Daily Bible Studies & Sermon Notes


Acts 28:15-23
Pastor Steve Schell
Sunday: Acts 28:15
v15: The city of Rome consumed as much as 150,000 tons of grain per year, so there was a constant flow of traffic between Rome and the port city of Puteoli where the grain ships docked (Paul Laurence, The IVP Atlas of Bible History, IVP Academic, 2006, p.167). During the week someone sent a notification ahead that Paul was in Italy and would leave Puteoli on a certain day. Word spread quickly among the churches, and groups of believers, probably some of Paul’s friends as well as church leaders, walked a day or two south along the main highway to meet him. They knew he would be traveling along the Via Appia (Appian Way), so some came out as far as the Appian Forum (modern: Tor Tre Ponti), 43 miles south, while others stopped sooner at a place called Three Inns (modern: Cisterna di Latina), about a day’s walk from the city.

Monday: Acts 28:15
v15 (continued): When they left Puteoli, the centurion would have led his group north and east along a highway called the Via Campana until it intersected with the Via Appia (Appian Way) at the town of Capua (modern: Santa Maria Capua Vetere; see Capua Porta Napoli) (Thomas V. Brisco, Holman Bible Atlas, Holman Reference, 1998, p.257). Luke tells us that when Paul looked up and saw the groups who were waiting for him he uttered thanks to God and was greatly encouraged. Clearly, believers in Rome were not going to reject him because of his chains or his gospel which was based on the righteousness of faith (Ac 15:1-2; Ro 2:16; 16:25). Luke doesn’t mention by name those who came out to meet them, but when Paul wrote to the churches in Rome three years earlier, he closed his letter by greeting those he knew (Ro 16:3-16). His list began with Priscilla and Aquila, who by that time had returned to Rome (Ro 16:3), and he mentioned a church which met in their house. If physically able, these two dear “fellow workers in Christ Jesus” would have been there, and their faces would have been a most welcomed sight.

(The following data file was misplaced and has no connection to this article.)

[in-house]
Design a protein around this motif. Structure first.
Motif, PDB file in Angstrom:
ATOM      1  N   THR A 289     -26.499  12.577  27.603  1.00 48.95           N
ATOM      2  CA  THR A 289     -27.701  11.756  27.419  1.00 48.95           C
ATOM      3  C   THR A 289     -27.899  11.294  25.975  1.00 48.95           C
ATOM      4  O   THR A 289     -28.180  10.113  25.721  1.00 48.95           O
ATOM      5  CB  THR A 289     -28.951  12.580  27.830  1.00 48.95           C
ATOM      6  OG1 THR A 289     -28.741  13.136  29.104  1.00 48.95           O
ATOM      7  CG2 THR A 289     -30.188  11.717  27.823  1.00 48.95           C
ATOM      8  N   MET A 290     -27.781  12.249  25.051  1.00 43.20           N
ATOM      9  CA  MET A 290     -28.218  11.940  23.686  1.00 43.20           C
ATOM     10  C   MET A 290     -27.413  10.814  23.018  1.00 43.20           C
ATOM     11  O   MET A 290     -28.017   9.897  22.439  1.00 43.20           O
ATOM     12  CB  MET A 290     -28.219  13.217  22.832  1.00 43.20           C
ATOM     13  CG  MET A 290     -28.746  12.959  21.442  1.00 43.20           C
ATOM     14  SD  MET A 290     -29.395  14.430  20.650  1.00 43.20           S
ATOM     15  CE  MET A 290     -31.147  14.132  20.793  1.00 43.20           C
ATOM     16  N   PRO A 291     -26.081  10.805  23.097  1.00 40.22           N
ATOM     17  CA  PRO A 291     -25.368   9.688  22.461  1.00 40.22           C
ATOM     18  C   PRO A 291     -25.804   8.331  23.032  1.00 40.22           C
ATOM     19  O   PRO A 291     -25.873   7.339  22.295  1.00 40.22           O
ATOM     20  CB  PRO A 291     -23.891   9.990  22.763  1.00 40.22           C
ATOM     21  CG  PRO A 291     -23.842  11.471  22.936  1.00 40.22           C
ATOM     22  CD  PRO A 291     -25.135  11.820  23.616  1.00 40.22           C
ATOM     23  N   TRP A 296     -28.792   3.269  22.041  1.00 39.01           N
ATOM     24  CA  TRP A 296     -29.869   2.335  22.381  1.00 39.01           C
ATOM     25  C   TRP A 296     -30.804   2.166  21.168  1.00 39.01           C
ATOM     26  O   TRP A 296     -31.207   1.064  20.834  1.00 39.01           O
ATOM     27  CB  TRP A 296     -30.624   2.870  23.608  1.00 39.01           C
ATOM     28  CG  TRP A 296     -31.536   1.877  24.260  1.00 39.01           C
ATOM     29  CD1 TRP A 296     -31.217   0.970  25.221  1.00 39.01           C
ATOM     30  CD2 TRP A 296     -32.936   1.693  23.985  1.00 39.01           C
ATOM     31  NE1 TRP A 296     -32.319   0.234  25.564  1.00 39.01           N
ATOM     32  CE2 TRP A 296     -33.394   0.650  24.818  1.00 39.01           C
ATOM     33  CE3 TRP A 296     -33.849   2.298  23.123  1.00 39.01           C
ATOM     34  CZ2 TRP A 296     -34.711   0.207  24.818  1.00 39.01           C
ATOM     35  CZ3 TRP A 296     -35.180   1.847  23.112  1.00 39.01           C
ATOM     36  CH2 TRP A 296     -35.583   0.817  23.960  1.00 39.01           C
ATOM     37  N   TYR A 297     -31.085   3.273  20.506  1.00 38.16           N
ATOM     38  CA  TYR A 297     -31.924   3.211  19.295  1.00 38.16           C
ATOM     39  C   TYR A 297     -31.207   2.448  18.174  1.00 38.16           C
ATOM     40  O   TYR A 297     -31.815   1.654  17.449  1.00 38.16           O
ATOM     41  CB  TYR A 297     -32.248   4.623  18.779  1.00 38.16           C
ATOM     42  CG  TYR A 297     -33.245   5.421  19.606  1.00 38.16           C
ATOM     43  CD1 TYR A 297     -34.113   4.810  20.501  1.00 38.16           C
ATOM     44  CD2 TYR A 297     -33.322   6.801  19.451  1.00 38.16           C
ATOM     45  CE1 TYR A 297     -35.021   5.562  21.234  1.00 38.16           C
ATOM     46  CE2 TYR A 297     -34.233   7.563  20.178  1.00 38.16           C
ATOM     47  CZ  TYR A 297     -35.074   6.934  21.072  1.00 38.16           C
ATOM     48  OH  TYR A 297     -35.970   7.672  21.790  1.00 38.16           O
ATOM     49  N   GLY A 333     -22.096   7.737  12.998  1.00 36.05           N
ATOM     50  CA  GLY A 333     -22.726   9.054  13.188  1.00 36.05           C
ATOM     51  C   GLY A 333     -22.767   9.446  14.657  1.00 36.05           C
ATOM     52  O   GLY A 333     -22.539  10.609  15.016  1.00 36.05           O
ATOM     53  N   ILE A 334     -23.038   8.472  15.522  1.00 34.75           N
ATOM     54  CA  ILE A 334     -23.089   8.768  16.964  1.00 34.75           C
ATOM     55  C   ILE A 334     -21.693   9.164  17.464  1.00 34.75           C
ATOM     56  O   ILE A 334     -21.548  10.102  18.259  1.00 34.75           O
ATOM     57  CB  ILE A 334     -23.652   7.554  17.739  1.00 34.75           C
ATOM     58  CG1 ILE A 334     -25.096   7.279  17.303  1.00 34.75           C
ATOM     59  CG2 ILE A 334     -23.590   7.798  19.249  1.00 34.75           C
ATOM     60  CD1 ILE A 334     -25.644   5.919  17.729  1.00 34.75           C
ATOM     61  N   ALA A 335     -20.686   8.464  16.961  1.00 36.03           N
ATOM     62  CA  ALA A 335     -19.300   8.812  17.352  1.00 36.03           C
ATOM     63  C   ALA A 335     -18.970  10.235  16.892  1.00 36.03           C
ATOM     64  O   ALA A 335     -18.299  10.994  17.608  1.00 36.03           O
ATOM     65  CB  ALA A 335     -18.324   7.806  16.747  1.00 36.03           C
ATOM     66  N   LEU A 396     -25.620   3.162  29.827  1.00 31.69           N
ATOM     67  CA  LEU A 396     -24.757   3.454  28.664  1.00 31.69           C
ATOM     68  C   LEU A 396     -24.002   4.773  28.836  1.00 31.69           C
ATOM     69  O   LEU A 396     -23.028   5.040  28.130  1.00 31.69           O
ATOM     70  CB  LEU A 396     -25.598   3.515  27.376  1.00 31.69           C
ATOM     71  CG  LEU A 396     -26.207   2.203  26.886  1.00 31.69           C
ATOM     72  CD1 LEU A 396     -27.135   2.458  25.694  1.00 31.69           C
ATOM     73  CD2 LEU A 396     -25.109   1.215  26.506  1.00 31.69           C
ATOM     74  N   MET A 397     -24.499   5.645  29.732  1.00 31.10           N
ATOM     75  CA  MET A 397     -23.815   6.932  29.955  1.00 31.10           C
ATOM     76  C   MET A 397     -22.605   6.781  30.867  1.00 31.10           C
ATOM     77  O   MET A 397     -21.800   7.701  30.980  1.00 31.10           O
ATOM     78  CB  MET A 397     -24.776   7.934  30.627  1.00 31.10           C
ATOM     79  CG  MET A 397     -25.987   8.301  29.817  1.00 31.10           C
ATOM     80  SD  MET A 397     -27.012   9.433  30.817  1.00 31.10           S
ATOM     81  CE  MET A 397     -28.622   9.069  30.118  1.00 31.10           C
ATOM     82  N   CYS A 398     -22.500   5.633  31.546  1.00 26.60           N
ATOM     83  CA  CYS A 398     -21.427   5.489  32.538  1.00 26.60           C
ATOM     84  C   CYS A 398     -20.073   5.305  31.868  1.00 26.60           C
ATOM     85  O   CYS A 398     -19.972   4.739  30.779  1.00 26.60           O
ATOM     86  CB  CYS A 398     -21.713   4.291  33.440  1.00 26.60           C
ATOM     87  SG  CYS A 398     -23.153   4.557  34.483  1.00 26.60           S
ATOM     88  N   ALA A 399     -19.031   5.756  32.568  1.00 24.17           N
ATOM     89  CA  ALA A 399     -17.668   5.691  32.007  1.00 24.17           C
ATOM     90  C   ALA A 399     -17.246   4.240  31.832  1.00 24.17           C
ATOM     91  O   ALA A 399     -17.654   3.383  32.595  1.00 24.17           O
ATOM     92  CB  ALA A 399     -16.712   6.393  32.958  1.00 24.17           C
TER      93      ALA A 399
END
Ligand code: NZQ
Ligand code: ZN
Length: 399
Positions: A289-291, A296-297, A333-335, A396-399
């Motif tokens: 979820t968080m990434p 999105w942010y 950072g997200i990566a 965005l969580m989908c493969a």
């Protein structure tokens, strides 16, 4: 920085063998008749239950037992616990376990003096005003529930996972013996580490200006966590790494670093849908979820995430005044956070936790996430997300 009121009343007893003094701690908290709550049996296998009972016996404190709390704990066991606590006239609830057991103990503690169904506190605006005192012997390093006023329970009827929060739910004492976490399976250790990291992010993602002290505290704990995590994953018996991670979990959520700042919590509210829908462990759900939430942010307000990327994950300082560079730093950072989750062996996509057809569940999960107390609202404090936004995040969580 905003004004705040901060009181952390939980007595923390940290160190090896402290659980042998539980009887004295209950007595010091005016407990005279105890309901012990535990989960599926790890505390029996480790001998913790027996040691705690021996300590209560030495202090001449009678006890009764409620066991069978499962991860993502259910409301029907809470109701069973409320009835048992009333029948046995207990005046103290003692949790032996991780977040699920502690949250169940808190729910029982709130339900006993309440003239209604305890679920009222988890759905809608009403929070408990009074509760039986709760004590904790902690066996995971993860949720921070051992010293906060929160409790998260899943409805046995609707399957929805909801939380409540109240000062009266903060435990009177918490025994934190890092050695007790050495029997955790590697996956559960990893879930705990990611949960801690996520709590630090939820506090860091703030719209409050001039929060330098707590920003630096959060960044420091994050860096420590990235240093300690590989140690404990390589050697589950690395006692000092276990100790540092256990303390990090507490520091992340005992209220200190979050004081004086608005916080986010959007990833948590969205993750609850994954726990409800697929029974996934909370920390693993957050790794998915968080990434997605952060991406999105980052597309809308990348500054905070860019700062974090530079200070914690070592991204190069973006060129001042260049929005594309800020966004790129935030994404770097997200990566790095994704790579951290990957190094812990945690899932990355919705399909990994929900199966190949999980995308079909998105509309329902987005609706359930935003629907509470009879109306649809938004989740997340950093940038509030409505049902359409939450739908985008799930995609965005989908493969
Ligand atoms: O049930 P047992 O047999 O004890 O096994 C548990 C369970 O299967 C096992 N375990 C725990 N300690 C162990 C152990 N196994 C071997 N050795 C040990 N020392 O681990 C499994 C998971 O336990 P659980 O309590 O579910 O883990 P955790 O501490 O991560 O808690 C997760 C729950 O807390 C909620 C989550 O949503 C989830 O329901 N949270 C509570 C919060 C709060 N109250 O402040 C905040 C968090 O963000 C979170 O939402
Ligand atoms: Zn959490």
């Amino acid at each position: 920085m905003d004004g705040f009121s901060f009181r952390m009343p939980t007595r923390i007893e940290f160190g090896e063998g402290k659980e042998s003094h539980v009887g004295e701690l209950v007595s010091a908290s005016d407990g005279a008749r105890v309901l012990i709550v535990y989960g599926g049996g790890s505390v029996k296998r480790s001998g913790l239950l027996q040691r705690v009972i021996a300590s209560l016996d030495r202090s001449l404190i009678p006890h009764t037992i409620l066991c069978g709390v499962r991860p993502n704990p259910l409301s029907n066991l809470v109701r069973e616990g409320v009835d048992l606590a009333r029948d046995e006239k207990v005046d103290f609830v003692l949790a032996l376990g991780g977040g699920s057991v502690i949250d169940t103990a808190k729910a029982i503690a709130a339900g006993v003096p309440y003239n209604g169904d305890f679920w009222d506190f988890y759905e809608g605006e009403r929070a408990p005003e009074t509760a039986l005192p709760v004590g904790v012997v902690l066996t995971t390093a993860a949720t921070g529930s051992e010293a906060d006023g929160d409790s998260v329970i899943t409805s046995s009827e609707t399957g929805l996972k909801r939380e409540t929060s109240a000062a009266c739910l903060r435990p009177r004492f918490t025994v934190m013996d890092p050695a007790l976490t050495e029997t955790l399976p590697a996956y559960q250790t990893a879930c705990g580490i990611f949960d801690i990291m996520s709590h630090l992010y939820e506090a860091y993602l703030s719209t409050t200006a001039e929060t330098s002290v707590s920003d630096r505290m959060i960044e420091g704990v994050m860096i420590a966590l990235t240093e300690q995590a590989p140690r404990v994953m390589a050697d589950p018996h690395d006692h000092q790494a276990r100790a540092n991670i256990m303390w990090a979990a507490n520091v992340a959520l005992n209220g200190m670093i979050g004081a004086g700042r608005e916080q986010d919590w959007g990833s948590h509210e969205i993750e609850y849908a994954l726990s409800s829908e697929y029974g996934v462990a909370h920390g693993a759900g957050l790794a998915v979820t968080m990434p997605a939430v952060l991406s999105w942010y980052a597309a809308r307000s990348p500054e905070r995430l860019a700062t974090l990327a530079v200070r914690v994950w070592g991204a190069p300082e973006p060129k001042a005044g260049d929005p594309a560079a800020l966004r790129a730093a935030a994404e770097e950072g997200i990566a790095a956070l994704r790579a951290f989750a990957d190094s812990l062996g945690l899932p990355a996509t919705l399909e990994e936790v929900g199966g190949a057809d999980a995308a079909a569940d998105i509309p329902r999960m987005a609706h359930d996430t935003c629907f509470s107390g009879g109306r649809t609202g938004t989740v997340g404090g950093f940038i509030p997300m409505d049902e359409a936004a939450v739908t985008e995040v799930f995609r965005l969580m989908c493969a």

Tuesday: Acts 28:16